|The first excerpt represents the past or something you must release, and is drawn from Dead Souls by Nikolai Vasilievich Gogol:
failure of the harvest did NOT touch) proceeded to let themselves
go--as also, to their undoing, did their wives. The reading of books
of the type diffused, in these modern days, for the inoculation of
humanity with a craving for new and superior amenities of life had
caused every one to conceive a passion for experimenting with the
latest luxury; and to meet this want the French wine merchant opened a
new establishment in the shape of a restaurant as had never before
been heard of in the province--a restaurant where supper could be
procured on credit as regarded one-half, and for an unprecedentedly
low sum as regarded the other. This exactly suited both heads of
boards and clerks who were living in hope of being able some day to
|The second excerpt represents the present or the deciding factor of the moment, and is drawn from Tour Through Eastern Counties of England by Daniel Defoe:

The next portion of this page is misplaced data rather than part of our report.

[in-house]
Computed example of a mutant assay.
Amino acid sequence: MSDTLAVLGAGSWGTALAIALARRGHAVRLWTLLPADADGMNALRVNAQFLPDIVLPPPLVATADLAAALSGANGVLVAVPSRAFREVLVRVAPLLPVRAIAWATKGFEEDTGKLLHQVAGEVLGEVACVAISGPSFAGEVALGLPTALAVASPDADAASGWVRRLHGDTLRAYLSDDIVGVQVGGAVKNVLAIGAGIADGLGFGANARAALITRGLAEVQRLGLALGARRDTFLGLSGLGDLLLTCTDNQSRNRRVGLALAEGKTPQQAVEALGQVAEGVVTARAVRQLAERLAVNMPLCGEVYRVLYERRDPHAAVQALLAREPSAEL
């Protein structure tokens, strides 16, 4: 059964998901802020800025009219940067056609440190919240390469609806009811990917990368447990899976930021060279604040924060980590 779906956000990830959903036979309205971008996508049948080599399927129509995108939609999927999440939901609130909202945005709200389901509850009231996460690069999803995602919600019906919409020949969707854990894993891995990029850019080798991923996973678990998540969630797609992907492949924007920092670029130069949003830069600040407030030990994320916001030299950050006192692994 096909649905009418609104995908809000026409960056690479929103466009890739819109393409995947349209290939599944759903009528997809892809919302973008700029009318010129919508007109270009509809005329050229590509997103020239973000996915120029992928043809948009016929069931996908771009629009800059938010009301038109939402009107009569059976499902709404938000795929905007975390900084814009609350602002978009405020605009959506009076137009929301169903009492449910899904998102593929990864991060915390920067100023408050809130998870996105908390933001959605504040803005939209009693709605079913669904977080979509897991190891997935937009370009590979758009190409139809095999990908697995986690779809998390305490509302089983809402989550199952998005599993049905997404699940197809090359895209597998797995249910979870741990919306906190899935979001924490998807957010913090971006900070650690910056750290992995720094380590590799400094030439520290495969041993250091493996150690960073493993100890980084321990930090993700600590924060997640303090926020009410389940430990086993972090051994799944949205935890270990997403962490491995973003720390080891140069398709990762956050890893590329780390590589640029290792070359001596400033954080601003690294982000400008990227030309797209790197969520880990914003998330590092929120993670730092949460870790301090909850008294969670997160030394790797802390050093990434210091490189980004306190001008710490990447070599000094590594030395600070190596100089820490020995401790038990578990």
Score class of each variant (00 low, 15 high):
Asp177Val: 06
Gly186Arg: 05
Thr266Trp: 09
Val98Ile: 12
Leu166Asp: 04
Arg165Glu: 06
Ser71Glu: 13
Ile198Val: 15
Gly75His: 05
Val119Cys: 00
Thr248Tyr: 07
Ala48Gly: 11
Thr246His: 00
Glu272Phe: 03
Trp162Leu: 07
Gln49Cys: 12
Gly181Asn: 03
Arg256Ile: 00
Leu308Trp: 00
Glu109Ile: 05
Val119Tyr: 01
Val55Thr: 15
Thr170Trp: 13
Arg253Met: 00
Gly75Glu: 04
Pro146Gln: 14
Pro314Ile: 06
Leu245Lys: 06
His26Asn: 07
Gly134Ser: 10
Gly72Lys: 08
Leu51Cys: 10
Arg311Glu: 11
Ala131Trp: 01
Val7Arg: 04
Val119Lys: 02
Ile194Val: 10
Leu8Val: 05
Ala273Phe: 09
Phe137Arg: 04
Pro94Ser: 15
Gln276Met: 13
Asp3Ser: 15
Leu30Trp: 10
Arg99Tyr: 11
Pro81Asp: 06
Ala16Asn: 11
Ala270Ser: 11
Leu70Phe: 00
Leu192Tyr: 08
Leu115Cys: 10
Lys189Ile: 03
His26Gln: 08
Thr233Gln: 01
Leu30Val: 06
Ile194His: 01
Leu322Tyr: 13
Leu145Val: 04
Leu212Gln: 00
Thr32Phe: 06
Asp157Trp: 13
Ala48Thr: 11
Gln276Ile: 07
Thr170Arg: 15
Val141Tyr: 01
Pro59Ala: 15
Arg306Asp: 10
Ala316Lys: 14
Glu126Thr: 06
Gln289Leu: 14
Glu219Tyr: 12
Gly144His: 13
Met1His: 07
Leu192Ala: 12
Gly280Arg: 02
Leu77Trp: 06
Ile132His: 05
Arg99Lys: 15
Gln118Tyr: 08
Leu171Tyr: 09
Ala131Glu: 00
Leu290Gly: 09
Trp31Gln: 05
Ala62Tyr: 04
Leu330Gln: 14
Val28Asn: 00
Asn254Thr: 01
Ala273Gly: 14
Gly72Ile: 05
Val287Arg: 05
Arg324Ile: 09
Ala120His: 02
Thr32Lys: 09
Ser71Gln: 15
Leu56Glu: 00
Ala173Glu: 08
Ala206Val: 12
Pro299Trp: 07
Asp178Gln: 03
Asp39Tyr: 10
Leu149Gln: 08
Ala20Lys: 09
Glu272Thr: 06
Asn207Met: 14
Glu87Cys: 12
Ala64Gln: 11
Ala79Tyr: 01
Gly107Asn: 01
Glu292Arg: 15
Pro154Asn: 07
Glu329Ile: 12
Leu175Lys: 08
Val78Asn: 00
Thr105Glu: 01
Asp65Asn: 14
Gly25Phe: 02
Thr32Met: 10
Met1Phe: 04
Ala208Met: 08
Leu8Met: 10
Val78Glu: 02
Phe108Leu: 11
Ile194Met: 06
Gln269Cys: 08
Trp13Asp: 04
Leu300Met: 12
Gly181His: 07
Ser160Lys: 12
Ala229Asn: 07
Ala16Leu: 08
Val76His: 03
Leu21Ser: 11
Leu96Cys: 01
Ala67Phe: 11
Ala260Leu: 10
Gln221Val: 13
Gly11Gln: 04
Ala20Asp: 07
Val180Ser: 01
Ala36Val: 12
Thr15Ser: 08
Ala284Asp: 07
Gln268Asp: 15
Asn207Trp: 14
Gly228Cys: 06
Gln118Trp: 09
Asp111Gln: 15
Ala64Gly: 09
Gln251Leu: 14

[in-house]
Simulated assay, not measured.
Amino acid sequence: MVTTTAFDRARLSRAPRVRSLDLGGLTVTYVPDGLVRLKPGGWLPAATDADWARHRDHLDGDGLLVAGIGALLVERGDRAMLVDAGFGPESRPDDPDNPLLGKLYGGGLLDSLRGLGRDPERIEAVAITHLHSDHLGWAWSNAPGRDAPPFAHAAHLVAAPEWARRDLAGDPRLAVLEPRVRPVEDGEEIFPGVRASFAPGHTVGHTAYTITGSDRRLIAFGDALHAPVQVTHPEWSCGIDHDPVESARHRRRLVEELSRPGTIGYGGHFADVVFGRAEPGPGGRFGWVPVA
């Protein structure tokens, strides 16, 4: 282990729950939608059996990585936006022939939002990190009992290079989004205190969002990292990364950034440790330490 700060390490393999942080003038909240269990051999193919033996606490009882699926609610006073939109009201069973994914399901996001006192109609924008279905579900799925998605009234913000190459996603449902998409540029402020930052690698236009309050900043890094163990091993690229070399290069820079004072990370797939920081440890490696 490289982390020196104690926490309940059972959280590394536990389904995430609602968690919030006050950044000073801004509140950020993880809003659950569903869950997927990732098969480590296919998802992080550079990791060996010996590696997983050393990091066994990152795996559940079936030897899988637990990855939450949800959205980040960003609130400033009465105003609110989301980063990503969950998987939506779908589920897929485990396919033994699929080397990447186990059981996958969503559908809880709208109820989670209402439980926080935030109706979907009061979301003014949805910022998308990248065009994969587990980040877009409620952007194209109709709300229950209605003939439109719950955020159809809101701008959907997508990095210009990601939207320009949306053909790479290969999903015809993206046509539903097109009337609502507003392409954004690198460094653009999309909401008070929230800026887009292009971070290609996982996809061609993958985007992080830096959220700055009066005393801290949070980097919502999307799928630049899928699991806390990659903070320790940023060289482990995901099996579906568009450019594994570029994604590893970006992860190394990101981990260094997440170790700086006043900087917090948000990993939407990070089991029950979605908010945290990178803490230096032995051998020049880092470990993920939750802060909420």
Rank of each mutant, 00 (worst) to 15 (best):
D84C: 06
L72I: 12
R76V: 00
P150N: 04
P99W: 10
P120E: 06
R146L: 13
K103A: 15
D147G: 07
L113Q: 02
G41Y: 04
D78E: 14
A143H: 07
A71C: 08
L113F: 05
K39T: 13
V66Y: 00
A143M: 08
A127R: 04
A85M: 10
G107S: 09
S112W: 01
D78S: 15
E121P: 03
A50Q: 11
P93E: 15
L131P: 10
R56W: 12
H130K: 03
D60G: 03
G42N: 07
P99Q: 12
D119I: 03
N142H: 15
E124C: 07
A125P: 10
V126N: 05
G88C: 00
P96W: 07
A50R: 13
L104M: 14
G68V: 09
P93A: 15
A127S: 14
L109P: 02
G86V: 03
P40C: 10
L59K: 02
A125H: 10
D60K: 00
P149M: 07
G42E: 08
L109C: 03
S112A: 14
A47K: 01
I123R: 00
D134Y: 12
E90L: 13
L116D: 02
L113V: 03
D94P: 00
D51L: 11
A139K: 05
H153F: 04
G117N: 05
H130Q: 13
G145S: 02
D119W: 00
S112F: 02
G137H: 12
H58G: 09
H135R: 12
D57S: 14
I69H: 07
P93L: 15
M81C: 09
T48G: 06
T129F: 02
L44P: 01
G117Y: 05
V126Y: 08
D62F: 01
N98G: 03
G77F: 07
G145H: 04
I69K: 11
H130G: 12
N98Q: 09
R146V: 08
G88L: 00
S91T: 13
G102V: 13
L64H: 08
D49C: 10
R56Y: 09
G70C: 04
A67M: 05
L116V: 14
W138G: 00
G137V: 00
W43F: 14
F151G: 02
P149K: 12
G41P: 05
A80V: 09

being dead, they left him. His head and face was so mangled, that
it may be said to be next to a miracle that he was not quite
killed: yet so Providence directed for the exemplary punishment of
the assassins, that the gentleman recovered to detect them, who
(though he outlived the assault) were both executed as they
deserved, and Mr. Crisp is yet alive. They were condemned on the
statute for defacing and dismembering, called the Coventry Act.
But this accident does not at all lessen the pleasure and agreeable
delightful show of the town of Bury; it is crowded with nobility
and gentry, and all sorts of the most agreeable company; and as the
company invites, so there is the appearance of pleasure upon the
|The third excerpt represents the future or something you must embrace, and is drawn from The Return of Tarzan by Edgar Rice Burroughs:
Before I leave you two alive in this room you will have done
two things. The first will be to write a full confession of
your connection with tonight's plot--and sign it.
"The second will be to promise me upon pain of death that you
will permit no word of this affair to get into the newspapers.
If you do not do both, neither of you will be alive when I
pass next through that doorway. Do you understand?"
And, without waiting for a reply: "Make haste; there is ink
before you, and paper and a pen."
Rokoff assumed a truculent air, attempting by bravado to
show how little he feared Tarzan's threats. An instant later
The Return of Tarzan